Above shows a typical installation of Hilma Af Klint's very early abstract series. I believe this is the series done in 1906. Very early. She is being credited as an early pioneer of abstract art. I am happy to go along with that. I am lukewarm about the pieces above, but truly admire a lot of her work after seeing the documentary "Beyond the Visible: Hilma Af Klint".
This is more like it. This is "Gruppe III nr. 5" from 1907. This composition is very harmonious and tiiiiiight. This piece doesn't need the symbolism to be successful, but af Klint attributed maleness to yellow and femaleness to blue. I only mention it because this is before Kandinsky published "Concerning the Spiritual in Art" in 1911. I'm not saying that af Klint invented this idea. These ideas must have been wafting through the air of spiritualist salons like ectoplasm.
Added on 6/15/20-- A couple of days after writing this post I learned about "Thought Forms" a Theosophical text written by Leadbeater and Annie Besant two of the biggest names in Theosophy after Blavatsky. As an artist and Theosophy adherent, it is thought that Hilma af Klint was influenced by this publication. It is going to be reissued November of 2020, but I found a .pdf here:
I guess what I am getting at is that you do not need to write her off as a spiritualist medium. Much of the work stands on its own and is groundbreaking. Her work is diminished where she incorporates overt symbolism and mystical glyphs. I like a lot of visionary art, but, in my opinion, the best mystical art resembles a Rothko more than a tarot card.
Shown above: "Primordial Chaos" series, 1906-1907. Good, but diminished by mystical glyphs and writing.
From the documentary, it is clear that Hilma af Klint was very well educated, intellectual, and must have had access to science journals or periodicals. She painted about cutting-edge discoveries in physics and biology. It may have been a symbol borrowed from a Theosophy diagram but she has a double helix in one of her paintings. (Which if you want to entertain it, could be a little spooky because she died in 1941.)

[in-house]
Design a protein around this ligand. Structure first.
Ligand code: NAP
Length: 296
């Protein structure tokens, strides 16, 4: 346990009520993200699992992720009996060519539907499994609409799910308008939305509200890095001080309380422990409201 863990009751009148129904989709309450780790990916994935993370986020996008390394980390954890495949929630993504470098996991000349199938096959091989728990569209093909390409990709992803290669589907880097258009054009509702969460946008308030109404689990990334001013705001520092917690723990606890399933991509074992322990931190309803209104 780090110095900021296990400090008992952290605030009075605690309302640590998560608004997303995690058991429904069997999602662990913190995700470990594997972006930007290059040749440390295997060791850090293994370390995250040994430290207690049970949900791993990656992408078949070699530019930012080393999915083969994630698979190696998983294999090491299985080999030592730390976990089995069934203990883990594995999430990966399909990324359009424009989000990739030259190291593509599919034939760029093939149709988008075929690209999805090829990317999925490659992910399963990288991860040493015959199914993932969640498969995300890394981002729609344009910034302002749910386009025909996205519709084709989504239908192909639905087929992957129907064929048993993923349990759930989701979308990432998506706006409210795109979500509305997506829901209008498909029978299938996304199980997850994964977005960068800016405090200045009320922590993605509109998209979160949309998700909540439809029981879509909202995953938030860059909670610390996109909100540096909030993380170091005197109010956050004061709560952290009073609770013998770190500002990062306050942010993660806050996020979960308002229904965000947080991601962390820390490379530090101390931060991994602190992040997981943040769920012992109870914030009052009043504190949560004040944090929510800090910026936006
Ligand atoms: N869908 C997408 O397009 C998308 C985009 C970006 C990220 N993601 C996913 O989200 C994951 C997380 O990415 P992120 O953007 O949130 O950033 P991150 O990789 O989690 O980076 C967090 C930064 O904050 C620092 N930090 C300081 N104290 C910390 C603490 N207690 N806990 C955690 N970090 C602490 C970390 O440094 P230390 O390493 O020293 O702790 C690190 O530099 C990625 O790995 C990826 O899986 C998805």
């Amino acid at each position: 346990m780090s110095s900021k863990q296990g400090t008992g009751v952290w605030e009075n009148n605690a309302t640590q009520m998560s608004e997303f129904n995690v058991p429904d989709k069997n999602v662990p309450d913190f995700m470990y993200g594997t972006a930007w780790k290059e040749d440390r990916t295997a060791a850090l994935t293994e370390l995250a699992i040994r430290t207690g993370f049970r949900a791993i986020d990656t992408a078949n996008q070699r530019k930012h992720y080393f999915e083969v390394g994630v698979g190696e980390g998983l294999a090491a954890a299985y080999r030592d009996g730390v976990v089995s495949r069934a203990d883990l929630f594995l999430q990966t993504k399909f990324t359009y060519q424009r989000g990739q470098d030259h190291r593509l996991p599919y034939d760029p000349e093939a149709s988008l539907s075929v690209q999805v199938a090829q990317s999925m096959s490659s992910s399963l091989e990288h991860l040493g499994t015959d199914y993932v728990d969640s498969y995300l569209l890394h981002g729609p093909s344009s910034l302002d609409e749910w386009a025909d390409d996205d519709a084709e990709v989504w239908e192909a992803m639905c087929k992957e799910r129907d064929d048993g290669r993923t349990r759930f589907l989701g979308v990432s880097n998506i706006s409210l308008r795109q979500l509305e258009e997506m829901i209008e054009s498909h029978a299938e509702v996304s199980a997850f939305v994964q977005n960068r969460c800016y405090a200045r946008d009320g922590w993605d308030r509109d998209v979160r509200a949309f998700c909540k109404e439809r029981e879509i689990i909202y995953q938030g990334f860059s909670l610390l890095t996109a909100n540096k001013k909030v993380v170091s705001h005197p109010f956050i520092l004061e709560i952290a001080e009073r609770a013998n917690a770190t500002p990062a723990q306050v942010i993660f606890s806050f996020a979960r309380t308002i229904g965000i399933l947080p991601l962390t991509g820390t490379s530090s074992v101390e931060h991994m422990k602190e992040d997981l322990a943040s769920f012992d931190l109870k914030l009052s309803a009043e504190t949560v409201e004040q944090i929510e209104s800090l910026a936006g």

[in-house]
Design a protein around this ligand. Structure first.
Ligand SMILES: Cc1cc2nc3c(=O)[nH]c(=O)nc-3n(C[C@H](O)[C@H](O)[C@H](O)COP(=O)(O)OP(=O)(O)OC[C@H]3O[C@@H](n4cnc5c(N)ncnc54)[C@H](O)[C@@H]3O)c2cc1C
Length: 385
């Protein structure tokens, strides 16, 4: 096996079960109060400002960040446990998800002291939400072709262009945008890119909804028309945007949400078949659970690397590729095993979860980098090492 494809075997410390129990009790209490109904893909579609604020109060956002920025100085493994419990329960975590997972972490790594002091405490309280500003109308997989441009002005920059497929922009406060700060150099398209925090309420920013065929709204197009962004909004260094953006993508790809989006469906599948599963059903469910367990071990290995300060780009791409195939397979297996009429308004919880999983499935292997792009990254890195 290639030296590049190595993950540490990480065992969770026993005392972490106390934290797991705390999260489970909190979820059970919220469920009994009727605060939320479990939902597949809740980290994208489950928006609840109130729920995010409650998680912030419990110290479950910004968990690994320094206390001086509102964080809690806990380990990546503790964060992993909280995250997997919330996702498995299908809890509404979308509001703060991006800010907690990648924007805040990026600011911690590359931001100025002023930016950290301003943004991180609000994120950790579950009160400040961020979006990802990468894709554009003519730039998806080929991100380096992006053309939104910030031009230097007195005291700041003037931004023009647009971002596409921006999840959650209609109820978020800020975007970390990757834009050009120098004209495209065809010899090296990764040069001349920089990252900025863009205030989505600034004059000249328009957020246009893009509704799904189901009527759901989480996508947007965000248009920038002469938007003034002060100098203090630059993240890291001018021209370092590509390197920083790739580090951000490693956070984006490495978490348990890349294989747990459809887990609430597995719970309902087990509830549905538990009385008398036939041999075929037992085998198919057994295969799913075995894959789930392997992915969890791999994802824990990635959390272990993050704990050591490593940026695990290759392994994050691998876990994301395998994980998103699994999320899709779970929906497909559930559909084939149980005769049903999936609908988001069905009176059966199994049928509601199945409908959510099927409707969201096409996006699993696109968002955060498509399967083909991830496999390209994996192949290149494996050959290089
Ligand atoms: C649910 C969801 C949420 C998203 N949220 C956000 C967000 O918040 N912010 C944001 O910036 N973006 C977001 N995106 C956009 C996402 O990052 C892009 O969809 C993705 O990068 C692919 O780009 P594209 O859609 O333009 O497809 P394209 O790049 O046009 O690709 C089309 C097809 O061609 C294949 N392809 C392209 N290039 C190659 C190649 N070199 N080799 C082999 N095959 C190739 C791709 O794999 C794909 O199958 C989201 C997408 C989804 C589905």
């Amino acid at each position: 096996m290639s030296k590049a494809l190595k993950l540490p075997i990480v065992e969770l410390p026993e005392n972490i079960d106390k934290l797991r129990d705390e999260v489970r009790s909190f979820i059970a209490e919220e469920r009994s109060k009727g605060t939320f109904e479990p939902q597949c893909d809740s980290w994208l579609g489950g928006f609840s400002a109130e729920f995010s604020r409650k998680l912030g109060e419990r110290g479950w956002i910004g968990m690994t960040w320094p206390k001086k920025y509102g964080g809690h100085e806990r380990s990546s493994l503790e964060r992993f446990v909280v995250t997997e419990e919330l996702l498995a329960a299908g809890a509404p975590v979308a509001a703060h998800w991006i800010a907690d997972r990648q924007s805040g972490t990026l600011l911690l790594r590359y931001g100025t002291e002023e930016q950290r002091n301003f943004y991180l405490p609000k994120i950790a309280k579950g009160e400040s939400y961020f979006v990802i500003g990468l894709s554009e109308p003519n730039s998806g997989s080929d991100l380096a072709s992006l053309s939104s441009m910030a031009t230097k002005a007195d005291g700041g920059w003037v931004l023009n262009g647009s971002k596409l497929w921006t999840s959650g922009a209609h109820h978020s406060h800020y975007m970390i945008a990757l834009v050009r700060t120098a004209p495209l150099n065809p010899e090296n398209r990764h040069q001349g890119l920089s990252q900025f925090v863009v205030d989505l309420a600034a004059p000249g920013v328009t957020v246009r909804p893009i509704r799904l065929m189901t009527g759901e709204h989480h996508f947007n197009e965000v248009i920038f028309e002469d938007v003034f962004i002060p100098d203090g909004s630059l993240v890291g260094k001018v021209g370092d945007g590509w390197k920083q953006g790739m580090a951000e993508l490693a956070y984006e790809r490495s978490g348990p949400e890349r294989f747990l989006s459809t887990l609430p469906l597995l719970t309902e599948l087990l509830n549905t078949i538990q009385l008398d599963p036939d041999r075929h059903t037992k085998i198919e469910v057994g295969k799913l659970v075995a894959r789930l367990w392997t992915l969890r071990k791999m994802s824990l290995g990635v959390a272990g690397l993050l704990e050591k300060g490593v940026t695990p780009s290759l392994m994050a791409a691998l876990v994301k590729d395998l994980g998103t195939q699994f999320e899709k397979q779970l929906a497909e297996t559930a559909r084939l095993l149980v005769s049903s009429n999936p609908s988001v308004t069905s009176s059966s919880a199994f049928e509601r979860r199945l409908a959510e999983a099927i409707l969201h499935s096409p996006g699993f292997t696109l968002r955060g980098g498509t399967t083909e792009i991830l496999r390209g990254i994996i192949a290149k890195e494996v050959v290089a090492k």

Her questioning mind is what I like the best in her work. Over 100 years later, I am exploring and celebrating some of these same concepts in my own work.
Formally, she was a very precocious artist. Especially in her Swan Series. I think that series alone would qualify her as a significant artist of the 20th century. It has everything. She does all kinds of amazing abstract things in that series. She plays with duality. In some of the pieces I feel like the future Salvador Dali is in the next studio over. She approaches op art in many of her works too:
"Swan no. 13" AKA "staggering work of genius" (note: no glyphs)
I was watching the documentary and when the film started flipping through the Swan series I couldn't believe how contemporary it looked. This series looks like it was made today. The images below are in order of how they were numerically titled. I am assuming these are a chronological progression. The best part is you can find more of them on line. (including at least one where the swans are getting it on)
The documentary mentions that she made around 1500 paintings. I glimpsed what looked like a multi-volume boxed Hilma af Klint catalogue raisonne. I would like to spend an afternoon with that studying her works in series. Especially the Tree series, more of the Swan series and the Dove series.
Julie Mars' current events, projects, & inspirations.